The group has already met the criteria for public events but more will be needed on an ongoing basis to help “educate” the public.

Examples have included the War On Plastic: Recycling & Reduction exhibition at the River & Rowing Museum, litter picks around the town, a talk hosted by Greener Henley and the two screenings of the documentary Bag It, one at the d:two centre and the other at the town hall.

Mrs Carey, who lives with her husband Paul and their three children, Phoebe, eight, Charles, six, and Louise, three, who all go to St Mary’s School, said: “This is an opportunity for everyone to do their bit.

“ If we can get to the stage where change is normalised, we are not even thinking about it anymore. Convenience has always been the problem. Disposable plastic is convenient but when I go around town there is suddenly a more positive response to not using it compared with a few years ago.

“When Sarah Miller and I tried out the Refill Henley campaign in 2017 we went around the shops and restaurants and people didn’t seem interested at all. Now people think it is really important. This has been helped by the likes of Greta Thunberg and David Attenborough and his hugely popular Blue Planet series.

“During the covid lockdowns people went back to baking their own bread, sewing and mending and perhaps in that way people have changed their mindset.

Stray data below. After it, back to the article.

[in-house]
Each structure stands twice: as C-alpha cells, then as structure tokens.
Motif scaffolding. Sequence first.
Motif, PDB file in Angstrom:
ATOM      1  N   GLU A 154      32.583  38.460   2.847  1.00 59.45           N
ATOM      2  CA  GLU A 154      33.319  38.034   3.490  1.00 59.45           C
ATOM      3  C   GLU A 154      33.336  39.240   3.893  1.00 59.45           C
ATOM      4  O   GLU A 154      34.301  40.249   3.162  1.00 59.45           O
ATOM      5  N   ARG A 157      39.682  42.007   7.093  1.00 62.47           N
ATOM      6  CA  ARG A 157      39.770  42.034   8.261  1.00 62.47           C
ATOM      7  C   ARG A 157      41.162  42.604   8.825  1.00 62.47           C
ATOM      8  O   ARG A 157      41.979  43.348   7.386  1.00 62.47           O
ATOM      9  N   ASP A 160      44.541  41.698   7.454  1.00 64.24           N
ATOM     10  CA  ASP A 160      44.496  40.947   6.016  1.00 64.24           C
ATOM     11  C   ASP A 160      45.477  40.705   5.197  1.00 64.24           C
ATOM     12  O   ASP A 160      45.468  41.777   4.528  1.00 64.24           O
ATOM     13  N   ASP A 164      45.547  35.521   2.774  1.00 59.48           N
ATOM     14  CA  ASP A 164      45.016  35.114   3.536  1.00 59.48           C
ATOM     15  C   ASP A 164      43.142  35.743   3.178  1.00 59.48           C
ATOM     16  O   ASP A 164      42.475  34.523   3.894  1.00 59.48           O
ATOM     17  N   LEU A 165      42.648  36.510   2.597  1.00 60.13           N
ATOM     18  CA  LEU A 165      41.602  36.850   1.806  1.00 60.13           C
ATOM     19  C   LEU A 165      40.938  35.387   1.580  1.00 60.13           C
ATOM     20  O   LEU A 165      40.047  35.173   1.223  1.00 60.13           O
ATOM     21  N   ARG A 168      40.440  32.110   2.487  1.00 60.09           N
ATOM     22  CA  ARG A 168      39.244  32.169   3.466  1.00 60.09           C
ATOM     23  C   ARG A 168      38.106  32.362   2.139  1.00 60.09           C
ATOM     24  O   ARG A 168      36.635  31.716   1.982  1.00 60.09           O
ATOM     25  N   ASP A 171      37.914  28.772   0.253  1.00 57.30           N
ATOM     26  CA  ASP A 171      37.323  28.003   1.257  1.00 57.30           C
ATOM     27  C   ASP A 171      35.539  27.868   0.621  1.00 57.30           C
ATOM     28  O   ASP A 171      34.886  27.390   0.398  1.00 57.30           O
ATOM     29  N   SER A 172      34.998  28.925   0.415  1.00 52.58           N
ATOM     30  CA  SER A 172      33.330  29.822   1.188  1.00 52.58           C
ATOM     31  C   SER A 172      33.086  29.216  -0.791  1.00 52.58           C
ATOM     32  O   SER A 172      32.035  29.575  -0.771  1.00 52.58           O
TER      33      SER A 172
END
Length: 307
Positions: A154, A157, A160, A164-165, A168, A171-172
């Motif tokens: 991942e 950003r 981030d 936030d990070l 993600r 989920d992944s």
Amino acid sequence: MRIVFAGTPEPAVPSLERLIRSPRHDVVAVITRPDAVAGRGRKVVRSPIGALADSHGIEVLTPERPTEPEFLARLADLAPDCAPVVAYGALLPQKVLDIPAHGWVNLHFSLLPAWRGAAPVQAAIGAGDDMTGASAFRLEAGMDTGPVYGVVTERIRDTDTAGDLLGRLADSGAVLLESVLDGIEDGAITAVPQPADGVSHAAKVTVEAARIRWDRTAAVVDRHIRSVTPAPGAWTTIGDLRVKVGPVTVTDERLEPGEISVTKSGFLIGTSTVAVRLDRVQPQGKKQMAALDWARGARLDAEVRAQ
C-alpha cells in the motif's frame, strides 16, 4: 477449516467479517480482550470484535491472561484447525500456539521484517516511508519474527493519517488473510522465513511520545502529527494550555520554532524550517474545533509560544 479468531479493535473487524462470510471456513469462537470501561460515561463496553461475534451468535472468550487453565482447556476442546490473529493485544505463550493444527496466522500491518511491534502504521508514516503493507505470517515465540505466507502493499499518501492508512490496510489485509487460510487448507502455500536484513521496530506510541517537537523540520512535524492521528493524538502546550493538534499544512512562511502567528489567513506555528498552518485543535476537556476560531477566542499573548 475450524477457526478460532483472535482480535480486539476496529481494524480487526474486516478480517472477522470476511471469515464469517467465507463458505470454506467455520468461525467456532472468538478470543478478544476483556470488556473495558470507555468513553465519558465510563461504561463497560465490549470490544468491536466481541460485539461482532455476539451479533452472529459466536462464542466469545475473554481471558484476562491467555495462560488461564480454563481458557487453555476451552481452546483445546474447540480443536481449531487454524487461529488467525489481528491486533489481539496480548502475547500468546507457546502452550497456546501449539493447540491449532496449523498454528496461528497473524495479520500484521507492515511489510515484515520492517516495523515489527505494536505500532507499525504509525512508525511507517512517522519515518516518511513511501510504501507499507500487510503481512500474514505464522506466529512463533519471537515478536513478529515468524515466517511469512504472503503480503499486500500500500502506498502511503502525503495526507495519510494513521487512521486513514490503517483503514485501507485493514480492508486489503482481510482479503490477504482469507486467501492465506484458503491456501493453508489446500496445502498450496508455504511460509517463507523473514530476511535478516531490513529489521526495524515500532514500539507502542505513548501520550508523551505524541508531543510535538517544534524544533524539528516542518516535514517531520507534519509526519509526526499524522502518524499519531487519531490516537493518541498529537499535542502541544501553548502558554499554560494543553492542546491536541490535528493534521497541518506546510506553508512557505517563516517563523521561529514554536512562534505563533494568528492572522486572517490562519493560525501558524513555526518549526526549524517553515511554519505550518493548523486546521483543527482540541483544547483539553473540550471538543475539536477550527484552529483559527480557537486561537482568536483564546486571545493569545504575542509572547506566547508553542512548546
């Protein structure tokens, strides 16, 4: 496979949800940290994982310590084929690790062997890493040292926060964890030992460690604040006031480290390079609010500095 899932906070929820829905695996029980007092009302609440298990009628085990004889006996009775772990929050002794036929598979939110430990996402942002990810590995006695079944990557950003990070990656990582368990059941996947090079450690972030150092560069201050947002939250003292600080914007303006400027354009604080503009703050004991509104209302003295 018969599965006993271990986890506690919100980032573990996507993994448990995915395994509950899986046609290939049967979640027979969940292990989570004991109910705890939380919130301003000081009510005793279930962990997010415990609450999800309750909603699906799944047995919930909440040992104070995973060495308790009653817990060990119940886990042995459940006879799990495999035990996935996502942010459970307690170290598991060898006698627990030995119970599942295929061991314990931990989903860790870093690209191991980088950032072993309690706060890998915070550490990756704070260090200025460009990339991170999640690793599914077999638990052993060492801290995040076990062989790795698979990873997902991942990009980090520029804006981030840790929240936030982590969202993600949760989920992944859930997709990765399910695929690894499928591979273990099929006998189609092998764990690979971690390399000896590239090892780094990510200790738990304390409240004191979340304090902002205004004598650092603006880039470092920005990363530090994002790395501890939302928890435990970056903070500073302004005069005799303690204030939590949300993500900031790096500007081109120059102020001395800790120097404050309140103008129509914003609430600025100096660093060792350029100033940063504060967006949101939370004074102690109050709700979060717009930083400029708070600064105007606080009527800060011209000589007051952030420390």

“Customers are becoming more aware of the plastics that they use and they now shop with a level of expectation that the businesses they go into are doing something to reduce the amount of plastic that they use. My vision for the future is to see no disposable water bottles and to have a water fountain in Market Place. We do have a fountain but it is in the Greys Road car park and it is by the loos. We need a more accessible one.

“I would also like to see no plastic coffee cups. Most people have their own mobile coffee mug now. All these things are really doable but we need retailers to agree to it.

“There is a real appetite for it and that is reflected in the rising numbers of people conversing about the topic on the Henley Plastic Reduction group on Facebook. It now has more than 800 members.”

Mrs Carey said Henley being accredited was important for the future.

She said: “Being a disposable plastic-free town does not mean that we are perfect but it does mean we are trying to take strides towards that. Once we have been accredited it is then about making sure we maintain it by having regular meetings and public community events, such as litter picks.

“Getting accreditation is that first step in taking Henley to the next level as a community and we are concentrating our efforts on the environment.

“Children are growing up learning about plastics and pollution and the environment in school so I am confident that those who come after us will support this.”

Six ways to reduce plastic use

Invest in a water filter instead of buying plastic bottles of water.
Use alternatives to bin liners. For example, use a “naked” bin for dry, recyclable products.
Order milk from a local milkman in returnable glass bottles.
Swap cleaning products for refillable bottles and washable cloths and sponges for cleaning with.
Swap lightbulbs for energy-saving, long-lasting ones.
Swap bubble wrap for newspaper for sending parcels.